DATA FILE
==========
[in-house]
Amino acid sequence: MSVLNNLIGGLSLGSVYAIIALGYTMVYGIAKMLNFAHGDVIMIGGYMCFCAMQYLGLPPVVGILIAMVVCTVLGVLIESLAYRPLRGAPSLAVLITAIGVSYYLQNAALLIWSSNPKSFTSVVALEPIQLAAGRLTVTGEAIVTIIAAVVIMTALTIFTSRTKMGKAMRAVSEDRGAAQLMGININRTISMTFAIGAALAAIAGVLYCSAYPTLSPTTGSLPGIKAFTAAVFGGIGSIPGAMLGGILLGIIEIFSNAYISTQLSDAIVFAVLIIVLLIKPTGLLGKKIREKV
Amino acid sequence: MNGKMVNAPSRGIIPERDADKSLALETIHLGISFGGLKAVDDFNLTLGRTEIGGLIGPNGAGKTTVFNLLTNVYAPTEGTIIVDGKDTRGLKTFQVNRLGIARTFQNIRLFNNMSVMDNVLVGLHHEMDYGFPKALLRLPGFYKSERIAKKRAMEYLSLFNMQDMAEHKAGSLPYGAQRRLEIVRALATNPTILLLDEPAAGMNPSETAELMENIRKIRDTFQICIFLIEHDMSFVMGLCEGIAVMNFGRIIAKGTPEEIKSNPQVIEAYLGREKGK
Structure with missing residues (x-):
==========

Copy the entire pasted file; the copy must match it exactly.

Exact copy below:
[in-house]
Amino acid sequence: MSVLNNLIGGLSLGSVYAIIALGYTMVYGIAKMLNFAHGDVIMIGGYMCFCAMQYLGLPPVVGILIAMVVCTVLGVLIESLAYRPLRGAPSLAVLITAIGVSYYLQNAALLIWSSNPKSFTSVVALEPIQLAAGRLTVTGEAIVTIIAAVVIMTALTIFTSRTKMGKAMRAVSEDRGAAQLMGININRTISMTFAIGAALAAIAGVLYCSAYPTLSPTTGSLPGIKAFTAAVFGGIGSIPGAMLGGILLGIIEIFSNAYISTQLSDAIVFAVLIIVLLIKPTGLLGKKIREKV
Amino acid sequence: MNGKMVNAPSRGIIPERDADKSLALETIHLGISFGGLKAVDDFNLTLGRTEIGGLIGPNGAGKTTVFNLLTNVYAPTEGTIIVDGKDTRGLKTFQVNRLGIARTFQNIRLFNNMSVMDNVLVGLHHEMDYGFPKALLRLPGFYKSERIAKKRAMEYLSLFNMQDMAEHKAGSLPYGAQRRLEIVRALATNPTILLLDEPAAGMNPSETAELMENIRKIRDTFQICIFLIEHDMSFVMGLCEGIAVMNFGRIIAKGTPEEIKSNPQVIEAYLGREKGK
Structure with missing residues (x-):